The next version of Chrome will include a new security policy that may make it easier for developers to ensure “HTTPS” websites aren’t undermined by insecure HTTP resources.
The new feature will arrive in Chrome 43 and promises to take out some of the work website owners — such as news publishers — would have to do if they were to enable HTTPS. That is, sites that have a digital certificate to verify its authenticity and that encrypt communications between a web server and browser, often signified by the padlock in a browser’s address bar.
The feature might be helpful for publishers migrating legacy HTTP web content to HTTPS when that old content can’t or is difficult to be modified. The issue crops up when a new HTTPS page includes a resource, like an image, from an HTTP URL. That insecure resource will cause Chrome to flag an “mixed-content warning” in the form of a yellow triangle over the padlock.
In the example Google provides at googlechrome.github.io, clicking on the icon in Chrome 42 and below will deliver the explanation: “Your connection to googlechrome.github.io is encrypted with modern cryptography. However, this page includes other resources which are not secure. These resources can be viewed by others while in transit, and can be modified by an attacker to change the look of the page.”
If the same site was accessed in Chrome 43 -- which is beta now but should be stable in May -- the warning should vanish thanks to a browser Content Security Policy directive known as Upgrade Insecure Resources. The directive “causes Chrome to upgrade insecure resource requests to HTTPS before fetching them”, Google explained today.
“This change allows developers to serve their hard-to-update legacy content via HTTPS more easily, improving security for their users,” it added.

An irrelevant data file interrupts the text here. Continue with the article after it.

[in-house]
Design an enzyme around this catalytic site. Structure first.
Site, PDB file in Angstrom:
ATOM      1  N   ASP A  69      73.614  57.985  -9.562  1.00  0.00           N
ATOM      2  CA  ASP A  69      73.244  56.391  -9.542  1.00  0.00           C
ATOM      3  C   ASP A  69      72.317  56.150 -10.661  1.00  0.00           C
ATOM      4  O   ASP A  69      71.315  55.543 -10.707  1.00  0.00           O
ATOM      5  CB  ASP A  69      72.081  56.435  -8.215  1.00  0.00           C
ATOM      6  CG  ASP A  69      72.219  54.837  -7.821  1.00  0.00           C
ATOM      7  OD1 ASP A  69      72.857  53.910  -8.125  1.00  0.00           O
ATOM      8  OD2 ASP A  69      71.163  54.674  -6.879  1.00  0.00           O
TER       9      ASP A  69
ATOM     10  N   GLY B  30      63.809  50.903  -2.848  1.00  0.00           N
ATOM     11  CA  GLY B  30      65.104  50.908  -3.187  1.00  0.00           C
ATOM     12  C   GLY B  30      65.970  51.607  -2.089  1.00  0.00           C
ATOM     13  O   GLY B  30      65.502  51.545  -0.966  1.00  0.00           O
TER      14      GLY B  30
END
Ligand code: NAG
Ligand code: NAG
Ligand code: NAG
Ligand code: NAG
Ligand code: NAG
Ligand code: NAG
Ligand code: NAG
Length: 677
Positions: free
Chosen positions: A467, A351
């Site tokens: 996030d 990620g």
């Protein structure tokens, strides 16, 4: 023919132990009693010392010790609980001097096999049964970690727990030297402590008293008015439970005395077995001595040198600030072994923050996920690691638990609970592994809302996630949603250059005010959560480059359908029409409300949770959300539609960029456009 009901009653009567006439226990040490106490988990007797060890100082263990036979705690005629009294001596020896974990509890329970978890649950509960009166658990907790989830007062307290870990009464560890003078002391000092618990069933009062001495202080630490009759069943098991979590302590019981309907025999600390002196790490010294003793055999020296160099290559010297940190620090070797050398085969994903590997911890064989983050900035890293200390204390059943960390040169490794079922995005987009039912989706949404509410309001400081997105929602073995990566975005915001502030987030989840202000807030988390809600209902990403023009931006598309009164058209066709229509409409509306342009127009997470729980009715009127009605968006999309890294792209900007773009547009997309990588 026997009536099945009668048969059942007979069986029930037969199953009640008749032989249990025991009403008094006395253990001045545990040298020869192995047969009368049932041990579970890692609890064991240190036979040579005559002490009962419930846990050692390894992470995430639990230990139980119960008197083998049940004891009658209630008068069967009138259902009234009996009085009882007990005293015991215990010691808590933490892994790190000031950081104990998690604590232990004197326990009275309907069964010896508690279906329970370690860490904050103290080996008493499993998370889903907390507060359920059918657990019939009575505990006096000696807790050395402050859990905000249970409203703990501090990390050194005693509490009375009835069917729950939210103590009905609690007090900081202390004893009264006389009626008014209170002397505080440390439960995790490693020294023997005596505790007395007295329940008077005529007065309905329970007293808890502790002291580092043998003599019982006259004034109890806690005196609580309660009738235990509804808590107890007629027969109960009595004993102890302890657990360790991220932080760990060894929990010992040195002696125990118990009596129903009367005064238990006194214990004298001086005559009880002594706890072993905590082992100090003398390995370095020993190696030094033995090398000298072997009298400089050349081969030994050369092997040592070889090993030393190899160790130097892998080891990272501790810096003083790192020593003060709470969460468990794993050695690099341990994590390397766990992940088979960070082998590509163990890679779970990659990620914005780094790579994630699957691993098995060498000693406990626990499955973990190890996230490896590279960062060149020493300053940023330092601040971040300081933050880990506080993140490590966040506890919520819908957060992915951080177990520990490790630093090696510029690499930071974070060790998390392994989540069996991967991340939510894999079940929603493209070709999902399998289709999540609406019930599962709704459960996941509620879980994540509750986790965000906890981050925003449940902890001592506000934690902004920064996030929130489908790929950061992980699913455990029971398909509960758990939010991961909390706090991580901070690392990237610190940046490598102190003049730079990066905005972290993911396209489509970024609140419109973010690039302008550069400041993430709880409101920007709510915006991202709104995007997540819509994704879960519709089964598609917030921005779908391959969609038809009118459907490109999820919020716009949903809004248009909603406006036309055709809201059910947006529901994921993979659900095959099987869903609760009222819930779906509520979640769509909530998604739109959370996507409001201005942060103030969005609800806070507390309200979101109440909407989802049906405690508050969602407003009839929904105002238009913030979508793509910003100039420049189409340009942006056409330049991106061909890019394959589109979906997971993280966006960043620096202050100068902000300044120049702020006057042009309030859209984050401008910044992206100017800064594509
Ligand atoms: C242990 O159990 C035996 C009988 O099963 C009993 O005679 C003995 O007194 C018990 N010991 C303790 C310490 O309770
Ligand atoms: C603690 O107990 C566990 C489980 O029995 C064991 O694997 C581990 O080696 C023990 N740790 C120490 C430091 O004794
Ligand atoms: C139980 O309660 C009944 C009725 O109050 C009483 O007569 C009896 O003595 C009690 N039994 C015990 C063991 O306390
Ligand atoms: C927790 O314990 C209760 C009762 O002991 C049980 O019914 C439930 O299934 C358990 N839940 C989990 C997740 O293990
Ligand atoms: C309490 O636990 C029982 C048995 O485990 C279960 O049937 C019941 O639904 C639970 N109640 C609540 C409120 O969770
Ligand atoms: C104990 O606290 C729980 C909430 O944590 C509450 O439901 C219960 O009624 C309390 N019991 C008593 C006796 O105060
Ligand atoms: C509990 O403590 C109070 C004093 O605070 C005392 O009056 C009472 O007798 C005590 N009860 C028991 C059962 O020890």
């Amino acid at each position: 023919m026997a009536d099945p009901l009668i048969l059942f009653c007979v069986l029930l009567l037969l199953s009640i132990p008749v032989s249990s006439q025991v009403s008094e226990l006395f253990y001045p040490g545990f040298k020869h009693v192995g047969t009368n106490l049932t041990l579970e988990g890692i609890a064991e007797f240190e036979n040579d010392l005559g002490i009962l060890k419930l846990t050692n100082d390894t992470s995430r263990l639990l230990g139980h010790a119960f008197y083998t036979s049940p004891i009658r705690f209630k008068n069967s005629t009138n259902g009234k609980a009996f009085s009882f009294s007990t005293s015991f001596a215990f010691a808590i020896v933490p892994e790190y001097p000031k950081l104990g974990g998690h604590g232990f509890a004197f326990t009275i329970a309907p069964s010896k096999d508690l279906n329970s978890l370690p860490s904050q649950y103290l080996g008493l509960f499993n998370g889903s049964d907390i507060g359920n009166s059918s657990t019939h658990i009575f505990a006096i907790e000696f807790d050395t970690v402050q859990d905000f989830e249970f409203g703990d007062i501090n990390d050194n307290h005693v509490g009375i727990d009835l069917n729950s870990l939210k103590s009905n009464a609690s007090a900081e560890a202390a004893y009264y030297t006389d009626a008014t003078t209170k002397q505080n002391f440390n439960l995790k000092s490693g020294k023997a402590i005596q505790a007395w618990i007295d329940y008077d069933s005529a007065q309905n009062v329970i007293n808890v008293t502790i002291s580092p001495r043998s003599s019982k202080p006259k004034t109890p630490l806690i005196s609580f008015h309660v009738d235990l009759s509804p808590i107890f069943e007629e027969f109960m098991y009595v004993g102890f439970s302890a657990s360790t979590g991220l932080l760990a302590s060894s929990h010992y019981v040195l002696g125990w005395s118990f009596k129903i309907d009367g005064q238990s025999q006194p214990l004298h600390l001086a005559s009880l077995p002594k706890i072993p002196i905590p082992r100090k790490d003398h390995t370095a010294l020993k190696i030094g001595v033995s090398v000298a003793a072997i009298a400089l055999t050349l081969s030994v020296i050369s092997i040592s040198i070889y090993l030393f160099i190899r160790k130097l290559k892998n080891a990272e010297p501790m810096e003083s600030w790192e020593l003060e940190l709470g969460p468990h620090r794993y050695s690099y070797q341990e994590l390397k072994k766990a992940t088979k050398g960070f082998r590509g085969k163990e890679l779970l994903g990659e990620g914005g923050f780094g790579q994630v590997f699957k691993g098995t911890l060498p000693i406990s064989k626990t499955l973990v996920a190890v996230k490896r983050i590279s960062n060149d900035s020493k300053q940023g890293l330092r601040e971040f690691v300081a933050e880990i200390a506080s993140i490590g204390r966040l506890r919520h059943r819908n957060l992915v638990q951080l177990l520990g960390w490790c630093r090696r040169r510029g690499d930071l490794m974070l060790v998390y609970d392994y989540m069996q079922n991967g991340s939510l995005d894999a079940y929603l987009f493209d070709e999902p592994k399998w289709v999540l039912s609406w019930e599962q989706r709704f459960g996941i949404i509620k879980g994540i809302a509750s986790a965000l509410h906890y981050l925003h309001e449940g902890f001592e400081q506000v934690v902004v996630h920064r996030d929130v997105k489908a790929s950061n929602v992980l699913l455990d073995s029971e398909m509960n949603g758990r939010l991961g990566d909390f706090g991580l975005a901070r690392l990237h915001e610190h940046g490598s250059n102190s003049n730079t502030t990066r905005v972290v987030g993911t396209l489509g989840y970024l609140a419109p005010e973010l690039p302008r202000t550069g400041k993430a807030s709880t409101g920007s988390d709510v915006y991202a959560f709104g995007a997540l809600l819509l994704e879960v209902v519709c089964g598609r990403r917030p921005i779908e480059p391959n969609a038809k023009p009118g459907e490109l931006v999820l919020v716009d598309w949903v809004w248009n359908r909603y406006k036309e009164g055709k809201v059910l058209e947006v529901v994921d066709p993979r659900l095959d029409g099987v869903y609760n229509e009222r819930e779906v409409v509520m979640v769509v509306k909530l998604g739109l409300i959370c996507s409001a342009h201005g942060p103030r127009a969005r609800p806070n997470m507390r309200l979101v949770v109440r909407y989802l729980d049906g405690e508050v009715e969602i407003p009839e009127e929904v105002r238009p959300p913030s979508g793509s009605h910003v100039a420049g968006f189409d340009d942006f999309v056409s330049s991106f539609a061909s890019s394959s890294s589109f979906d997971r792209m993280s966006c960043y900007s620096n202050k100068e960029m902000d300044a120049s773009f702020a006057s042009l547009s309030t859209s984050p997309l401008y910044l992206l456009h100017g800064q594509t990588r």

The feature is outlined in a draft document submitted to the web standards body, W3C, that may become a standard.
The document highlights two good examples of legacy web content that fit the “hard-to-update” category, including the BBC’s frozen archive; and the New York Times, which raised the issue of hard-coded URLs when considering making its website entirely HTTPS.
The Upgrade Insecure Resources initiative would also help further Google’s goal of nudging all websites over to HTTPS by giving those sites better rankings through its search engine — a move it made following disclosures about US government surveillance.
The arrival of the Chrome feature follows a call to action by the Interactive Advertising Bureau (IAB) — which represents publishers, platforms and advertisers — for online publishers to move embrace HTTPS. But as the industry group highlighted, mixed-content is a tricky obstacle for online publishers to overcome, given its dependencies on advertising.
This article is brought to you by Enex TestLab, content directors for CSO Australia.
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